Tag Archives: products

Urban Outfitters is Obsessed with Navajos

by Guest Contributor Adrienne Keene, originally published at Native Appropriations

Navajo Nations Crew Pullover

Navajo Nations Crew Pullover

A search for “Cherokee” on the Urban Outfitters website reveals 1 result. A search for “Tribal”: 15. A search for “Native”: 10. “Indian”: 2. But Navajo? 24 products have Navajo in the name alone.

This post started as a massive Urban Outfitters take-down, I spent an hour or so last week scrolling through the pages of the website, and adding anything to my cart that was “Native inspired” or had a tribal name in the description. I got through JUST the women’s clothes and accessories (no mens or apartment), and had 58 items in my cart. So, then, like any good researcher, I began to code my cart for emergent themes, and the one that jumped out far above the rest? Urban Outfitters is obsessed with Navajos.

I want to show you some examples, and then talk a little about the issues with using tribal names in products that are decidedly not-. Finally, I want to share what the Navajo Nation in particular is doing about it, and the action they’ve taken is pretty cool.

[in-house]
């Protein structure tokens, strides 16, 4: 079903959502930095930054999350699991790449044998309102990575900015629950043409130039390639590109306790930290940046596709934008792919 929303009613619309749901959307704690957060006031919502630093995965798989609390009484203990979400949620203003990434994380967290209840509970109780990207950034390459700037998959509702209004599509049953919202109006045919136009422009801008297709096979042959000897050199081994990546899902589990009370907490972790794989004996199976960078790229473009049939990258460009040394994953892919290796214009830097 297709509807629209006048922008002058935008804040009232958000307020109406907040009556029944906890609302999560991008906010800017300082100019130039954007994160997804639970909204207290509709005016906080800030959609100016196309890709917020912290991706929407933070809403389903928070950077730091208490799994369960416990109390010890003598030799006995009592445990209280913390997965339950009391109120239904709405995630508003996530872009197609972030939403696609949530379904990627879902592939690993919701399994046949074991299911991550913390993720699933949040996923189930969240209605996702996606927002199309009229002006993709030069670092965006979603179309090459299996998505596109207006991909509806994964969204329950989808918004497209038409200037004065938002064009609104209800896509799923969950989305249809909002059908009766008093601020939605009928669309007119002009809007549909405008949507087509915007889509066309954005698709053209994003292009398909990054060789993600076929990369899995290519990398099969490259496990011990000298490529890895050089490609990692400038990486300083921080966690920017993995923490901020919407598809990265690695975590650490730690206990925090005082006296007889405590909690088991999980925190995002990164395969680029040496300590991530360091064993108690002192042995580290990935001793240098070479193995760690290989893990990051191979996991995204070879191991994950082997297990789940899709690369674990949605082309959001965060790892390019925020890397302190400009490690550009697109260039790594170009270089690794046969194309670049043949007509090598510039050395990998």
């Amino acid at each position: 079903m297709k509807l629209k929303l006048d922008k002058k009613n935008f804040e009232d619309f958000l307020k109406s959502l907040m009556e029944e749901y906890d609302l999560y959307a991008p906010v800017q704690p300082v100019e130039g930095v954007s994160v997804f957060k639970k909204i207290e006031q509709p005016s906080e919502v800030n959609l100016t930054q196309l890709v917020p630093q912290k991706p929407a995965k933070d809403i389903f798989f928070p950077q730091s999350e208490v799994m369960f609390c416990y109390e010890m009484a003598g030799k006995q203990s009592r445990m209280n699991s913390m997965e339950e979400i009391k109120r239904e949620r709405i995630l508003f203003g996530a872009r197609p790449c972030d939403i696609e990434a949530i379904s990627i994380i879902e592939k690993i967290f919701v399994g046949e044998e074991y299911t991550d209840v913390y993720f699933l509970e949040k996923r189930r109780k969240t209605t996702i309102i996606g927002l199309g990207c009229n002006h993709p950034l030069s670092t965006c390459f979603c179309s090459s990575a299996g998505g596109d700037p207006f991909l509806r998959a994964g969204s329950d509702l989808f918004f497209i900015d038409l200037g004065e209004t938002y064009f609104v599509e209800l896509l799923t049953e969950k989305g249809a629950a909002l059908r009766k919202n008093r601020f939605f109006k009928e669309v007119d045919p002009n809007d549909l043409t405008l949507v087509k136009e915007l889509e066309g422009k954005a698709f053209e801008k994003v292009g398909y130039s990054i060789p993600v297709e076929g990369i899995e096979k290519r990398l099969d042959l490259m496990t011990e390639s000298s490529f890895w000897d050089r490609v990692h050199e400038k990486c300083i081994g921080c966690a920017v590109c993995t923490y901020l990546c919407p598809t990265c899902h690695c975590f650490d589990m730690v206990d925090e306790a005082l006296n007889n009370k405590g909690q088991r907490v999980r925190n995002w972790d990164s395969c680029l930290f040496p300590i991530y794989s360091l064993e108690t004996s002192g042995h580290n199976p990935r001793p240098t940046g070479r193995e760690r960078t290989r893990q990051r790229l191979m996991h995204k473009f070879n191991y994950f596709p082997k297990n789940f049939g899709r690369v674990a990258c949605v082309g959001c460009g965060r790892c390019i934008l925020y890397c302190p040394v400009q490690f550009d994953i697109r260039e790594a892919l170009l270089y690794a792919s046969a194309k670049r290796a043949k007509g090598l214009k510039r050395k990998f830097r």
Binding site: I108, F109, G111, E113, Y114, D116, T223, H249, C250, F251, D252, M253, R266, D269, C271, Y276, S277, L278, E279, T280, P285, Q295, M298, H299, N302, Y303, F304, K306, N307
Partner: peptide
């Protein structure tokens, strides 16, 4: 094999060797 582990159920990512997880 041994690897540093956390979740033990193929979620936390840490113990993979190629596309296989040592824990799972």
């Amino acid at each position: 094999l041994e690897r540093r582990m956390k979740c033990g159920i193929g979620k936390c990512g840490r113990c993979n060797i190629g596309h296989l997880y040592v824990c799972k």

Without further ado, some of the “Navajo” products to grace the pages of Urban.

From the basic:

Navajo Quilt Oversized Crop Tee

“Title Unknown Techno Navajo Quilt Oversized Crop Tee”

Truly Madly Deeply Navajo Print Tunic

Truly Madly Deeply Navajo Print Tunic

To the totally random:

Navajo Feather Earrings

Navajo Feather Earrings
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The Brazil Files: Paper, Plastic, or Racist Caricatures?

by Special Correspondent Wendi Muse

I go grocery shopping almost every day here in Brazil, but I rarely really study the packaging of the products I buy beyond checking out the price and the contents. However, a few weeks ago, while sitting down to remove my nail polish, I noticed that a grocery store purchase yielded a little more than I had bargained for: racist caricatures! Yes, ladies and gentelemen, racist caricatures, even on something as simple as nail polish remover!


After noticing this, I decided to take note of other products. Another one I found by accident happened to be on a small bag of rosemary I picked up to use at my friend’s house:


…little Chinese man (chinezinho) rosemary, that is.

In almost every country, racist caricatures have been used to sell every day products, but to still see such images in circulation is a bit troubling. It’s of little concern here in Brazil, but usually in the United States, these logos would bring forth quite a bit of criticism.

Have any of you seen any racist caricatures on grocery items in the States or abroad? How do they make you feel?